A month ago I boarded that flight which changed my life in an instance. Just to recap (in case you’re lazy and haven’t read my start here and about pages), I had applied for a teaching job in Spain while still pondering the meaning of life in London. I was invited to the final interview stage in Madrid, which entailed a two week training course. At this point, the job was definitely not secured, but I still took a chance, booked that flight and set off to Spain’s capital a week later.
Yes, this all seems a bit drastic and maybe even a bit crazy, but it made perfect sense to me. If you know me, you will agree that I am the first person to tell you to follow your dreams and make a change if you’re unhappy with your current situation. Most of you will proceed to tell me that’s easier said than done. So here’s me practicing what I preach.
Now, in my pursuit of happiness I arrived in Madrid knowing no one and nothing, which was part of the thrill of it. Here’s a little more on how I made more friends in my first weekend in Spain than in four years in the UK.
But, I would like to tell you a little about the course and how I got lucky by taking a chance. While still finishing my TEFL course in London, I applied to various random English schools in Spain. I didn’t have high hopes, as my experience was next to nothing and I wasn’t even in the country. Then, out of the blue the biggest and most famous English language school in Spain asked me for an interview (at the time I had no clue how popular this school really is). And the best part was, they didn’t even care that I had no teaching experience.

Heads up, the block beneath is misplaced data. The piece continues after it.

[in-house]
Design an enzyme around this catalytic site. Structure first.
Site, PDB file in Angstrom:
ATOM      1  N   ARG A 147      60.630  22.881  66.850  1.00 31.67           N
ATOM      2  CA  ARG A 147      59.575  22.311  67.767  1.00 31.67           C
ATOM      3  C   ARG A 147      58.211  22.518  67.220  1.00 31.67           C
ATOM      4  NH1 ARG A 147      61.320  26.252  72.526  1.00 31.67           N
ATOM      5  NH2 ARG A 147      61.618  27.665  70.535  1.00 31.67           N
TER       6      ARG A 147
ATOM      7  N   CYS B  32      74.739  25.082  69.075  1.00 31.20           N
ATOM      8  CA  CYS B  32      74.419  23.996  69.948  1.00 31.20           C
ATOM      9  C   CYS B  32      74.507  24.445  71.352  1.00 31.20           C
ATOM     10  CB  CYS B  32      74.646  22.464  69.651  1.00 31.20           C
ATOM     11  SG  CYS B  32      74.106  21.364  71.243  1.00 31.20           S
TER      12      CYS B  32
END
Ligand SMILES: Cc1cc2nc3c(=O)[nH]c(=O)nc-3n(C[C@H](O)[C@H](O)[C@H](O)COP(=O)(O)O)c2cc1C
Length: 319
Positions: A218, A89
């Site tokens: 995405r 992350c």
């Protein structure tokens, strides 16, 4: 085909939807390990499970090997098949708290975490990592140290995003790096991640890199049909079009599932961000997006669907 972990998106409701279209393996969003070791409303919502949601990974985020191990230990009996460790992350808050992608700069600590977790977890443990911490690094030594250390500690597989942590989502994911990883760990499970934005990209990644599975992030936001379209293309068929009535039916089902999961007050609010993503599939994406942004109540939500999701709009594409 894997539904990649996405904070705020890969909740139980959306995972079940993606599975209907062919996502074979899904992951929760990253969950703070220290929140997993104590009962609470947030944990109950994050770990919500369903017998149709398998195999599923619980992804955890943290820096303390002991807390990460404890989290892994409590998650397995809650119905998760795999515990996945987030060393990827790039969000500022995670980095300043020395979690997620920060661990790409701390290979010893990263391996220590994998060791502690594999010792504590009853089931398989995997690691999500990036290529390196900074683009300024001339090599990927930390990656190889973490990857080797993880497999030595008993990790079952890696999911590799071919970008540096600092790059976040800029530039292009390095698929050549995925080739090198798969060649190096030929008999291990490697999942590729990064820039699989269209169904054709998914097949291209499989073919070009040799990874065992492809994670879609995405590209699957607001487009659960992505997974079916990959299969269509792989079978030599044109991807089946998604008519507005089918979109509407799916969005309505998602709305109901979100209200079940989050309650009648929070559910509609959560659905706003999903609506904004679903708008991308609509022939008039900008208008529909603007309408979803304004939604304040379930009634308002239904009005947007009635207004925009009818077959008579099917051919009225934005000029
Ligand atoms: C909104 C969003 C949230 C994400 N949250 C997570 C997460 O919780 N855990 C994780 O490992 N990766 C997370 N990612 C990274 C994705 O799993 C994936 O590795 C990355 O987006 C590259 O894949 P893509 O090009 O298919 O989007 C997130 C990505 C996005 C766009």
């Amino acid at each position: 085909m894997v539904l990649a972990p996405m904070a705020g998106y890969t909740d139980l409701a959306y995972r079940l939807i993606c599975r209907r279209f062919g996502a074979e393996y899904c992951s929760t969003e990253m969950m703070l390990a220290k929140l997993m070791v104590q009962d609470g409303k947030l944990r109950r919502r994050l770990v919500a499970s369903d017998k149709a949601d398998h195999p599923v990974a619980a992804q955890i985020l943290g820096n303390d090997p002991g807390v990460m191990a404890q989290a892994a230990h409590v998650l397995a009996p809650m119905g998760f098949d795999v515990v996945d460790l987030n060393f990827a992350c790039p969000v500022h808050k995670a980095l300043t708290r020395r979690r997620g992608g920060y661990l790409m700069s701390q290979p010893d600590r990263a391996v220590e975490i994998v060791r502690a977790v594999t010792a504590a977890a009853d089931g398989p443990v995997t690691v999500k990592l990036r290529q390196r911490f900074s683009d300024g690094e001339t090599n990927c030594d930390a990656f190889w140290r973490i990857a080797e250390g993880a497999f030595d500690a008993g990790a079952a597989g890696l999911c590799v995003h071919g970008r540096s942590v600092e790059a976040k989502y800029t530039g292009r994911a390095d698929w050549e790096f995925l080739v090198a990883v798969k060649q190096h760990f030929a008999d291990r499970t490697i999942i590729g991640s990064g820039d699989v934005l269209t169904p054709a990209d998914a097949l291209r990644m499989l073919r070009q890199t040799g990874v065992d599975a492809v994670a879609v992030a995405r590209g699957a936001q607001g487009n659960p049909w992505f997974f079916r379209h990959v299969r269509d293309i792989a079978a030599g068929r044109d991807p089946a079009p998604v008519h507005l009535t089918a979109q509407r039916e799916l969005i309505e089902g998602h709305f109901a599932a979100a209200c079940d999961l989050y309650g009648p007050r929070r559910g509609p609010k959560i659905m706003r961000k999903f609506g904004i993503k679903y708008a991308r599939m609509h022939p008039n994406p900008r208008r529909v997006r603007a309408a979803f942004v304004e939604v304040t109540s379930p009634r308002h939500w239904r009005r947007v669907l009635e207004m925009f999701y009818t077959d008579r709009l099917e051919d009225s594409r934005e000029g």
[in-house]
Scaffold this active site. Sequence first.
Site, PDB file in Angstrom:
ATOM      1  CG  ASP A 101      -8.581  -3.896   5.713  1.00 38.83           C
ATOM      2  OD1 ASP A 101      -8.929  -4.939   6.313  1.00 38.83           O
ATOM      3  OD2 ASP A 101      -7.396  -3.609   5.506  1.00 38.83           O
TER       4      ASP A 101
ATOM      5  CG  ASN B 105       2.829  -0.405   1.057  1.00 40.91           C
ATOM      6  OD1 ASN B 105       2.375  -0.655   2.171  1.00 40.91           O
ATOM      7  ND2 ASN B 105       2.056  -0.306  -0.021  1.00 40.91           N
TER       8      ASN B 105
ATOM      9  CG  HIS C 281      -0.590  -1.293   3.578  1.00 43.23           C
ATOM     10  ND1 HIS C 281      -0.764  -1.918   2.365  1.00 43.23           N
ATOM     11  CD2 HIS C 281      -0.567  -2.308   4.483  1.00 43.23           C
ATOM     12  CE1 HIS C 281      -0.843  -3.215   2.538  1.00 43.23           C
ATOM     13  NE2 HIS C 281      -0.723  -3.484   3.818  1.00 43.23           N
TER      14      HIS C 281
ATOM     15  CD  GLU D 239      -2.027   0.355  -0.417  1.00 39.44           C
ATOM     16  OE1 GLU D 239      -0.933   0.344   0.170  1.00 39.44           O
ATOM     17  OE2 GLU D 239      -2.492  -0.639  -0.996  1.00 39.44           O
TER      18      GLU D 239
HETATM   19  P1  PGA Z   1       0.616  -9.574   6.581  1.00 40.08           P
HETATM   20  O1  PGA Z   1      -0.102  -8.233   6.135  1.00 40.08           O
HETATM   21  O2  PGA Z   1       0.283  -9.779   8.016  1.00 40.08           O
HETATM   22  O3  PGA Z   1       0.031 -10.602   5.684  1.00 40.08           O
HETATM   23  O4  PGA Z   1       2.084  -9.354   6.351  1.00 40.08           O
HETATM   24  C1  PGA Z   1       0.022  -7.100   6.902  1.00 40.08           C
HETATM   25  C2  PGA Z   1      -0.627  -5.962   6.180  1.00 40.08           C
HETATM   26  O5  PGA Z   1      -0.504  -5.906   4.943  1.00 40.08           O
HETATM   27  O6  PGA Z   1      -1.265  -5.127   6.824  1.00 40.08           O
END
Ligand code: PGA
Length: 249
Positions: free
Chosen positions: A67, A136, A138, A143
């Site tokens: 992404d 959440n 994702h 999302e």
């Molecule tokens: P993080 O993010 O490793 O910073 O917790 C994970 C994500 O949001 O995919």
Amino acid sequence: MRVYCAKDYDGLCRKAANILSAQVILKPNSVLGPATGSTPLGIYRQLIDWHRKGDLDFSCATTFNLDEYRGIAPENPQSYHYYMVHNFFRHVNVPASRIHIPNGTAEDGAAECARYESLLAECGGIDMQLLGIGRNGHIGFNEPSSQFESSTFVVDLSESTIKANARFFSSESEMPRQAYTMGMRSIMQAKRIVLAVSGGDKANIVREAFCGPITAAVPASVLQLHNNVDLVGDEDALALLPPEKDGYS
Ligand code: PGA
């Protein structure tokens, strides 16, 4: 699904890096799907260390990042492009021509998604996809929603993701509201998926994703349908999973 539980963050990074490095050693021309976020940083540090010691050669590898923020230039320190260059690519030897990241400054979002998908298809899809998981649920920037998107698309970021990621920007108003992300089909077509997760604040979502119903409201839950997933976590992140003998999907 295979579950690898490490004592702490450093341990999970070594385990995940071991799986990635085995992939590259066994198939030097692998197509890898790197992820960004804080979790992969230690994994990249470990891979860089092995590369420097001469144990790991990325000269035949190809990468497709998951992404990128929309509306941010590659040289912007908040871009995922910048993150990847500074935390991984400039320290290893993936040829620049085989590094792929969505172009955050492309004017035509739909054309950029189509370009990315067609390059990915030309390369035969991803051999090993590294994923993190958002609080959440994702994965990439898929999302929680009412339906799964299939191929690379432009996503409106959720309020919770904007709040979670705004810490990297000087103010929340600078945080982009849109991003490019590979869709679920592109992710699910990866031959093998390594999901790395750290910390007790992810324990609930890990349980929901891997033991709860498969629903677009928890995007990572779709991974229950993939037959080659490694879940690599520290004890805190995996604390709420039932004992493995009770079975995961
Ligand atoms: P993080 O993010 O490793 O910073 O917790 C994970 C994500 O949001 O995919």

As I entered the snazzy office building the morning of the first training day, I was surprised to find 30 other candidates, all dressed up in suits and ties with anxious looks on their faces. We were herded from the unbearably hot canteen area to an unbearably cold classroom, where the suffering began. As I learnt the coming weeks, Madrileños love to blast their air cons, freezing anyone who dares to enter to death.
The training was strict, scary and strenuous. We were thrown into the deep end by having to teach our first class the second day of training. After an 8 hour day, we had 4 hours of homework and class prep to do, often resulting in a 5 hour sleep.
Eat, teach, sleep, repeat! Our students reviewed every class. Receiving very personal feedback was harsh, days were long and people started to leave.
What doesn’t kill you makes you stronger, and so after a very real survival of the fittest challenge, I signed the contract as a freelance teacher. Sleep deprivation has its way of making daily-life extremely funny, and thus I must admit I did have fun during the course. I loved when students left the class with a smile, and I felt good about sharing my knowledge.
Next week I start teaching english at businesses, which will be challenging and exciting all together.
What did I learn? Go for it! Then, don’t give up even if you want to. Work hard and it will work out. You can always make a change (I sound like multiple bumper stickers, but its true).
I may have gotten over the first hurdle and secured that job, but it so happened that I found myself homeless at the end of the two weeks. I was so exhausted and busy, I forgot to look for a home… Here’s what I did.